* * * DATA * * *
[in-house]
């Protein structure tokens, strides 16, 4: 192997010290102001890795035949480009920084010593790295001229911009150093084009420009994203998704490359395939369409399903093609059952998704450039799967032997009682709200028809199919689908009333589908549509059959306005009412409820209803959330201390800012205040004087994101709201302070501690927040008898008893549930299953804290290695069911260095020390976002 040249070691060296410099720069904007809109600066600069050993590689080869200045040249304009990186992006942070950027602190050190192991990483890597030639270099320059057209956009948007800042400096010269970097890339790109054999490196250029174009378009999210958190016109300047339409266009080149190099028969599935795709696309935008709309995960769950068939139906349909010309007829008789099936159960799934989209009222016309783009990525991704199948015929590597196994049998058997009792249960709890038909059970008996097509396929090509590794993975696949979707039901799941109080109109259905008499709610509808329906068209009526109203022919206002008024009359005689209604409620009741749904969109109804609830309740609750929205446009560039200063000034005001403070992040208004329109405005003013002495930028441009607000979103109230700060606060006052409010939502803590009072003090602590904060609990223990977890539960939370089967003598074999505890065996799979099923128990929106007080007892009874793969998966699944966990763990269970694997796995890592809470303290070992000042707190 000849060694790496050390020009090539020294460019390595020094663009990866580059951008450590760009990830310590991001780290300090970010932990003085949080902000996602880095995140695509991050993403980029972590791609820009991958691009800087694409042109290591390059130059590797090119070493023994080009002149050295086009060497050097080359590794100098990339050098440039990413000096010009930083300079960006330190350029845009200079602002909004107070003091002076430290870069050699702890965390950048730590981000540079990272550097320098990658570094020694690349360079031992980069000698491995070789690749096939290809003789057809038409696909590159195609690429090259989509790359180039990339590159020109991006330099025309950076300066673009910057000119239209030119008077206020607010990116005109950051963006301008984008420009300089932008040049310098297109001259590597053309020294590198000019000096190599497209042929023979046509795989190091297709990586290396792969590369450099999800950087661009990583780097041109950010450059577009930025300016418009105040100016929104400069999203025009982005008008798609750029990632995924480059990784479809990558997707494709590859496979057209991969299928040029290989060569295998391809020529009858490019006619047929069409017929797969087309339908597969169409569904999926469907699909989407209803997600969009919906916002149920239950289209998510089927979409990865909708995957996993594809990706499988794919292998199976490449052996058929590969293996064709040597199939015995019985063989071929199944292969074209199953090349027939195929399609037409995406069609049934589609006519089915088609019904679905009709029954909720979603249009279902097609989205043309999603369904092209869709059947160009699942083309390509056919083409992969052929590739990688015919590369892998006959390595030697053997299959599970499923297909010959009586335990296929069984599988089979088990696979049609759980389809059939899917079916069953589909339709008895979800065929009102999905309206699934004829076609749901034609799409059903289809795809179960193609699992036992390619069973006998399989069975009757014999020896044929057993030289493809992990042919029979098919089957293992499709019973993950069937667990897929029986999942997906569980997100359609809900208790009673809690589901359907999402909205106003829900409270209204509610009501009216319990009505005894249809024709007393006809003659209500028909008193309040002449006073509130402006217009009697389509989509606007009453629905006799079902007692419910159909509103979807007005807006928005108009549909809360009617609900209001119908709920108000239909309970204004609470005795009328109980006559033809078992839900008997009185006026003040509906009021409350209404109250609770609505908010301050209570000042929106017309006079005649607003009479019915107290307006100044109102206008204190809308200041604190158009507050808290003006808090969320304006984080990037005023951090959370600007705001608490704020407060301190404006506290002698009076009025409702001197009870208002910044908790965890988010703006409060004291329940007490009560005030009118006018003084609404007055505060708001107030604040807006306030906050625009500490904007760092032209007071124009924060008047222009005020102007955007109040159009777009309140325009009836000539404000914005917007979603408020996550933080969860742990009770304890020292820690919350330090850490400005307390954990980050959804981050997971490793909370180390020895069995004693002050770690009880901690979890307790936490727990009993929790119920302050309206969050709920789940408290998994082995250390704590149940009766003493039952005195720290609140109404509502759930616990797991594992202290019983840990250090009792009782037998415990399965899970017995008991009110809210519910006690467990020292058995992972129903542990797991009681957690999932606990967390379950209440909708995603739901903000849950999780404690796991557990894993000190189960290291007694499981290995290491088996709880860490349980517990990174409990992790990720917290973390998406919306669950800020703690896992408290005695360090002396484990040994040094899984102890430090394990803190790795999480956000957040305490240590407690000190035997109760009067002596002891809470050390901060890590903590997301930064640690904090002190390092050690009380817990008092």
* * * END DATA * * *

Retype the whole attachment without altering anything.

[in-house]
């Protein structure tokens, strides 16, 4: 192997010290102001890795035949480009920084010593790295001229911009150093084009420009994203998704490359395939369409399903093609059952998704450039799967032997009682709200028809199919689908009333589908549509059959306005009412409820209803959330201390800012205040004087994101709201302070501690927040008898008893549930299953804290290695069911260095020390976002 040249070691060296410099720069904007809109600066600069050993590689080869200045040249304009990186992006942070950027602190050190192991990483890597030639270099320059057209956009948007800042400096010269970097890339790109054999490196250029174009378009999210958190016109300047339409266009080149190099028969599935795709696309935008709309995960769950068939139906349909010309007829008789099936159960799934989209009222016309783009990525991704199948015929590597196994049998058997009792249960709890038909059970008996097509396929090509590794993975696949979707039901799941109080109109259905008499709610509808329906068209009526109203022919206002008024009359005689209604409620009741749904969109109804609830309740609750929205446009560039200063000034005001403070992040208004329109405005003013002495930028441009607000979103109230700060606060006052409010939502803590009072003090602590904060609990223990977890539960939370089967003598074999505890065996799979099923128990929106007080007892009874793969998966699944966990763990269970694997796995890592809470303290070992000042707190 000849060694790496050390020009090539020294460019390595020094663009990866580059951008450590760009990830310590991001780290300090970010932990003085949080902000996602880095995140695509991050993403980029972590791609820009991958691009800087694409042109290591390059130059590797090119070493023994080009002149050295086009060497050097080359590794100098990339050098440039990413000096010009930083300079960006330190350029845009200079602002909004107070003091002076430290870069050699702890965390950048730590981000540079990272550097320098990658570094020694690349360079031992980069000698491995070789690749096939290809003789057809038409696909590159195609690429090259989509790359180039990339590159020109991006330099025309950076300066673009910057000119239209030119008077206020607010990116005109950051963006301008984008420009300089932008040049310098297109001259590597053309020294590198000019000096190599497209042929023979046509795989190091297709990586290396792969590369450099999800950087661009990583780097041109950010450059577009930025300016418009105040100016929104400069999203025009982005008008798609750029990632995924480059990784479809990558997707494709590859496979057209991969299928040029290989060569295998391809020529009858490019006619047929069409017929797969087309339908597969169409569904999926469907699909989407209803997600969009919906916002149920239950289209998510089927979409990865909708995957996993594809990706499988794919292998199976490449052996058929590969293996064709040597199939015995019985063989071929199944292969074209199953090349027939195929399609037409995406069609049934589609006519089915088609019904679905009709029954909720979603249009279902097609989205043309999603369904092209869709059947160009699942083309390509056919083409992969052929590739990688015919590369892998006959390595030697053997299959599970499923297909010959009586335990296929069984599988089979088990696979049609759980389809059939899917079916069953589909339709008895979800065929009102999905309206699934004829076609749901034609799409059903289809795809179960193609699992036992390619069973006998399989069975009757014999020896044929057993030289493809992990042919029979098919089957293992499709019973993950069937667990897929029986999942997906569980997100359609809900208790009673809690589901359907999402909205106003829900409270209204509610009501009216319990009505005894249809024709007393006809003659209500028909008193309040002449006073509130402006217009009697389509989509606007009453629905006799079902007692419910159909509103979807007005807006928005108009549909809360009617609900209001119908709920108000239909309970204004609470005795009328109980006559033809078992839900008997009185006026003040509906009021409350209404109250609770609505908010301050209570000042929106017309006079005649607003009479019915107290307006100044109102206008204190809308200041604190158009507050808290003006808090969320304006984080990037005023951090959370600007705001608490704020407060301190404006506290002698009076009025409702001197009870208002910044908790965890988010703006409060004291329940007490009560005030009118006018003084609404007055505060708001107030604040807006306030906050625009500490904007760092032209007071124009924060008047222009005020102007955007109040159009777009309140325009009836000539404000914005917007979603408020996550933080969860742990009770304890020292820690919350330090850490400005307390954990980050959804981050997971490793909370180390020895069995004693002050770690009880901690979890307790936490727990009993929790119920302050309206969050709920789940408290998994082995250390704590149940009766003493039952005195720290609140109404509502759930616990797991594992202290019983840990250090009792009782037998415990399965899970017995008991009110809210519910006690467990020292058995992972129903542990797991009681957690999932606990967390379950209440909708995603739901903000849950999780404690796991557990894993000190189960290291007694499981290995290491088996709880860490349980517990990174409990992790990720917290973390998406919306669950800020703690896992408290005695360090002396484990040994040094899984102890430090394990803190790795999480956000957040305490240590407690000190035997109760009067002596002891809470050390901060890590903590997301930064640690904090002190390092050690009380817990008092």